Last winter our animals had a guest to stay. His name was Mr. Waffle and he was probably the nicest looking rabbit I had ever seen. Small and fast with a shiny coat that made him look like a blazing arrow when he zoomed past.
Mr. Waffle moved in to the stable to keep out of the cold. He had lived outside all his life and now his young owner thought it was time for a stable break. It turned out to be a good idea, as the winter became cold and damp, to put it mildly.
Rabbits are funny animals. Either they are timid little creatures with a polite smile or they take over their world. Mr. Waffle greeted life full on and had the bravest little heart a rabbit could possess. He ran up to four, completely petrified sheep and said "Hello!" He visited our hens and did not even find Waldemar the cockerel scary, although he was towering over the little rabbit. From the first meeting, our animals also learned that when cornered, Mr. Waffle bit them. So they stopped doing that and let him get on with his life as a "Speedy Gonzales" with long ears.
Mr. Waffle liked running, which meant that he could turn up from nowhere, fast. This made the hens a bit jumpy but they soon got their own back. One afternoon our little rabbit friend was found sitting in his bedroom with the funniest, concerned look on his face. His body language told that something was wrong and "He did not understand!" It turned out that one of the hens had claimed her turf by leaving an egg in his house. Maybe an Easter Bunny joke but Mr. Waffle was not amused. In the end he got used to eggs turning up here and there and he never broke a single one of them. So it turned out rabbits have a sense of humour, after all.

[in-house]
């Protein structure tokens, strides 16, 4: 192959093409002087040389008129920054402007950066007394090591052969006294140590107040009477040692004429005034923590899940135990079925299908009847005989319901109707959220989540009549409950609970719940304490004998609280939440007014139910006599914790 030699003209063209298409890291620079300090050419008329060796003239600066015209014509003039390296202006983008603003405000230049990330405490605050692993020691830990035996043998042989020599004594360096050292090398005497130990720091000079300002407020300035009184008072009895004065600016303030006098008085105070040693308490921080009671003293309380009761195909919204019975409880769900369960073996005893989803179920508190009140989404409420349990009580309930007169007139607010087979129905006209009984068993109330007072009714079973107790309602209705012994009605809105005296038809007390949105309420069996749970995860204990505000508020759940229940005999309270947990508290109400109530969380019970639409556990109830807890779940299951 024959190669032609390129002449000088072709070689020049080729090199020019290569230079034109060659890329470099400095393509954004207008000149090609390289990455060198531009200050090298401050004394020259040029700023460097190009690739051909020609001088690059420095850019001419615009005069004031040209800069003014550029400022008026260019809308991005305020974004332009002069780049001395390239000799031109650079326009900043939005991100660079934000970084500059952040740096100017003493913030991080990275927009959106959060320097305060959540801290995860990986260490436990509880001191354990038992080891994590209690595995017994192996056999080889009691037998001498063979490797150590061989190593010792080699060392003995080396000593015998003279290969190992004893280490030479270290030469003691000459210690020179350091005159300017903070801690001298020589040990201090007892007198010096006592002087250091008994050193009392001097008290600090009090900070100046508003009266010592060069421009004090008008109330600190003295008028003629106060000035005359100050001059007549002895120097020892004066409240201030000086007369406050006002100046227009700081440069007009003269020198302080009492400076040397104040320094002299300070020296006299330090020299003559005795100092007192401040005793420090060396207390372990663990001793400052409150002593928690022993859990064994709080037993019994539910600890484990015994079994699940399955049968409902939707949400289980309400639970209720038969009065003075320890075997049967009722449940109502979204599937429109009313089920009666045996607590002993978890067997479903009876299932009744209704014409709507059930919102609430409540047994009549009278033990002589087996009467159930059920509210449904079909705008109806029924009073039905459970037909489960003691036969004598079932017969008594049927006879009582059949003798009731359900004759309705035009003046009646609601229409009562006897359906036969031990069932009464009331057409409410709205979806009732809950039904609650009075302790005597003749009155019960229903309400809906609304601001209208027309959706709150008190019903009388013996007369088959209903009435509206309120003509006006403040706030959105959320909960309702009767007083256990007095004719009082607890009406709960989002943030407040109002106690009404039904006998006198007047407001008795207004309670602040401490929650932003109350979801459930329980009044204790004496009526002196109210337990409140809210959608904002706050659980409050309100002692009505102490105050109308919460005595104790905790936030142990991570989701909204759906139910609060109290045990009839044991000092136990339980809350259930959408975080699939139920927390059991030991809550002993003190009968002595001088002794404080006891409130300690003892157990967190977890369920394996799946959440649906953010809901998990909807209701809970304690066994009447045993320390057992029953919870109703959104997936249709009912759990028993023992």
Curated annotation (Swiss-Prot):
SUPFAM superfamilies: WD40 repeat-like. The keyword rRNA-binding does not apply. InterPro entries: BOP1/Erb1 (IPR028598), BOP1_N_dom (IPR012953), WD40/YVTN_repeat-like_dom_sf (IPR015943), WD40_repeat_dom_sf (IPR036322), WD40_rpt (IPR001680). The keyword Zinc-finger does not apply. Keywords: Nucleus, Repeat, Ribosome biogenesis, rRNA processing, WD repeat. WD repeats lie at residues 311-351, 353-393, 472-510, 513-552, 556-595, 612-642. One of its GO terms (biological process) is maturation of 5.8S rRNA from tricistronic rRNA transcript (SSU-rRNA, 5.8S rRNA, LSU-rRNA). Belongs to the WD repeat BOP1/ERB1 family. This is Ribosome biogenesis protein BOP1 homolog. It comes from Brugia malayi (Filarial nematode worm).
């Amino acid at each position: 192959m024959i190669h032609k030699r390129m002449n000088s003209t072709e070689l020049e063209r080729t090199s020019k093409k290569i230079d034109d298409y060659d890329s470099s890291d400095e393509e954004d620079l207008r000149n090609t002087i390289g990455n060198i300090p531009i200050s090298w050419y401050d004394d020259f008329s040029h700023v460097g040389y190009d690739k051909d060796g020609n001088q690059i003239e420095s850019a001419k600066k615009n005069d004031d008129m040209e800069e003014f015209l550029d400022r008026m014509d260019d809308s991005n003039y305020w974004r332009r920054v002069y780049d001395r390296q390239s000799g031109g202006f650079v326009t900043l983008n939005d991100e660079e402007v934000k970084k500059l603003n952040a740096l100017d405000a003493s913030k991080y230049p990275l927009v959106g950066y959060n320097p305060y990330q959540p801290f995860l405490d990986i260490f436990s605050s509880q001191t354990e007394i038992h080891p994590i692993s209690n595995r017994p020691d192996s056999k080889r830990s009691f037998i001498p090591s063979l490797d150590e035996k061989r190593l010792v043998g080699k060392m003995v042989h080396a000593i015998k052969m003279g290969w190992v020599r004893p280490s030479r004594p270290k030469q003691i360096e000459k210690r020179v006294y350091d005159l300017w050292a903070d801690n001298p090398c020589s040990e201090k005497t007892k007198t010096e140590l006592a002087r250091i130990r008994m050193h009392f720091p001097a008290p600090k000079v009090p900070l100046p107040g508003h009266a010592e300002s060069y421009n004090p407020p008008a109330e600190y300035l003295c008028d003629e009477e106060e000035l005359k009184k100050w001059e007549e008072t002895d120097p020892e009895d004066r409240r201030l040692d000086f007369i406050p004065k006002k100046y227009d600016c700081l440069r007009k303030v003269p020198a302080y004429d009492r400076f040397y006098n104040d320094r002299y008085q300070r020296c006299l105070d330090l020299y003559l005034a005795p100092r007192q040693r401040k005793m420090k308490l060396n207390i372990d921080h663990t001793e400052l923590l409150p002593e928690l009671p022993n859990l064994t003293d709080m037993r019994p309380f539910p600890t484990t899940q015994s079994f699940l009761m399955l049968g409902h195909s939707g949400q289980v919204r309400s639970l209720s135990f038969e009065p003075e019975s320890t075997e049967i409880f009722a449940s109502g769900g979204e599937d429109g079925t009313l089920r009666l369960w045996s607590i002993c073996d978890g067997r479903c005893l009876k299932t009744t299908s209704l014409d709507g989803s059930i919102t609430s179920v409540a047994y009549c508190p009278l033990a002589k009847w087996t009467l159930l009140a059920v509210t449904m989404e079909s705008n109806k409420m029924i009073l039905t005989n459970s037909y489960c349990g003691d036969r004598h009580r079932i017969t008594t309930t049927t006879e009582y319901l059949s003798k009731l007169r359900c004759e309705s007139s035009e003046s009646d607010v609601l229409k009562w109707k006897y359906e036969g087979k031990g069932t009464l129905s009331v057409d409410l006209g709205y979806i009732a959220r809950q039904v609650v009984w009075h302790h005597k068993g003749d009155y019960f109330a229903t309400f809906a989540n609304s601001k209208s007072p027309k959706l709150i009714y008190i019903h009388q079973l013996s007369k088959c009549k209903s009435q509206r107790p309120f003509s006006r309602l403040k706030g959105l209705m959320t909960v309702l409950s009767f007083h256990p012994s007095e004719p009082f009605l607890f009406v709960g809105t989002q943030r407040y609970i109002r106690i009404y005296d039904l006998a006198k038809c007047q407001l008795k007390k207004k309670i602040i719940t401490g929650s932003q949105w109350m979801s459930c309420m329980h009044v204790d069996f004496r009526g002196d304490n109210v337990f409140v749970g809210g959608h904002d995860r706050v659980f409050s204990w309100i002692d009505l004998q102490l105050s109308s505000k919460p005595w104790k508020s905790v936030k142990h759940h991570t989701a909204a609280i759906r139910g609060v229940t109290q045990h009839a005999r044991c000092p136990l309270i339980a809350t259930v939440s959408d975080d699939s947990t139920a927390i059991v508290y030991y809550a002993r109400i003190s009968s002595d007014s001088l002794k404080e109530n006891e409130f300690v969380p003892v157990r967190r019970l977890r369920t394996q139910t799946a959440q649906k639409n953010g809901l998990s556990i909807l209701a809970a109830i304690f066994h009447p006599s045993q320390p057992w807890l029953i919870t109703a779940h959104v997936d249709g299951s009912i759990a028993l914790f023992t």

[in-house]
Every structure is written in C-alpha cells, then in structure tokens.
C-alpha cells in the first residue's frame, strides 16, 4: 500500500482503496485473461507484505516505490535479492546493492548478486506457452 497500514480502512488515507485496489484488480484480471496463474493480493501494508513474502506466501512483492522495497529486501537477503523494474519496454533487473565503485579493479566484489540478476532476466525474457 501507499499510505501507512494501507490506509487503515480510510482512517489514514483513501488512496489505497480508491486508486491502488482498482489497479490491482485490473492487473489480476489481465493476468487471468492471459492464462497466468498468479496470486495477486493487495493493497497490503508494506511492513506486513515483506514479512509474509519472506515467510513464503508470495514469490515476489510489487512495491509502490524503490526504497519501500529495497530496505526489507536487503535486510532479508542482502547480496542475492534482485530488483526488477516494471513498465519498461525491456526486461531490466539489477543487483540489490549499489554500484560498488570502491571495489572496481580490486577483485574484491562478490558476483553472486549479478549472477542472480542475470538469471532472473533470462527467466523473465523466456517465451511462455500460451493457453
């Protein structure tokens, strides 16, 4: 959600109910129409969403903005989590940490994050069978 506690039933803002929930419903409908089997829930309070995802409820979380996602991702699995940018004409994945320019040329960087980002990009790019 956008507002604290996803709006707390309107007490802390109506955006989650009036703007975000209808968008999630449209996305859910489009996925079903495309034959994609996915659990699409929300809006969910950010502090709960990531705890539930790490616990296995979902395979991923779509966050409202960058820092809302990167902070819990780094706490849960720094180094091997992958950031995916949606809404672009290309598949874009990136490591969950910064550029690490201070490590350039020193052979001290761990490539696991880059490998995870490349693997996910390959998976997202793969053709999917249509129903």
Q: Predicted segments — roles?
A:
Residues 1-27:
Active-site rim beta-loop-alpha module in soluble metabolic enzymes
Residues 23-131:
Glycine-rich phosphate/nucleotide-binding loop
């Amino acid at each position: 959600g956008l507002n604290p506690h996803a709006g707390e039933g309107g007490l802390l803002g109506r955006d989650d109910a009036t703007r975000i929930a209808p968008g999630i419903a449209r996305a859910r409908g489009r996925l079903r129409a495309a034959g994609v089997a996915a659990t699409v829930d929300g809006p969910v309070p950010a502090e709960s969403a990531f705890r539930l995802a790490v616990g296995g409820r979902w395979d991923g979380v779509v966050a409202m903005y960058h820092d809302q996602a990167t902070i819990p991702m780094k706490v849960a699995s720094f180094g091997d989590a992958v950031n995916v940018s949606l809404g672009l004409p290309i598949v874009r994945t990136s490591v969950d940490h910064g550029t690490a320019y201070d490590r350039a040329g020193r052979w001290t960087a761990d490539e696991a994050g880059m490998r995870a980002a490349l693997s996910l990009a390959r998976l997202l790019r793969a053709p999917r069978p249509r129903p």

Mr. Waffle went home the following spring and for a while it felt a bit empty. The hens still sneaked around corners, just in case, and our four sheep looked for him. "Always good to know where the little fella is", they told me. Then summer arrived and they had other things to think about.
On New Year's Eve, Mr. Waffle came for a visit again. As fireworks and loud bangs are not good for any animal to endure, our town friend came to stay in the country for the night.
It was quite wonderful to see that everyone remembered each other. It took Mr. Waffle less than a heartbeat to start investigating his old patch. The hens all rushed over to greet him and our young cockerels and Darya the young hen, who had never met him, all found the rabbit fascinating. Our dear sheep started twitching their noses in a telling manner, they also remembered our friend. "He nips! they told me. "Just for one day", I whispered back. And a fun day it turned out to be.
Mindy was right, this week I learned a new thing about sheep. I now know that sheep have such a good memory that they can remember 50 individuals; animals and humans. No wonder they recognised Mr. Waffle and that they count all our hens every evening. They hear Monty and Eric tooting whether they want to or not.
A blog about a small holding in Southern Finland. Each original story is accompanied by a stunning watercolour illustration or resplendent photographs.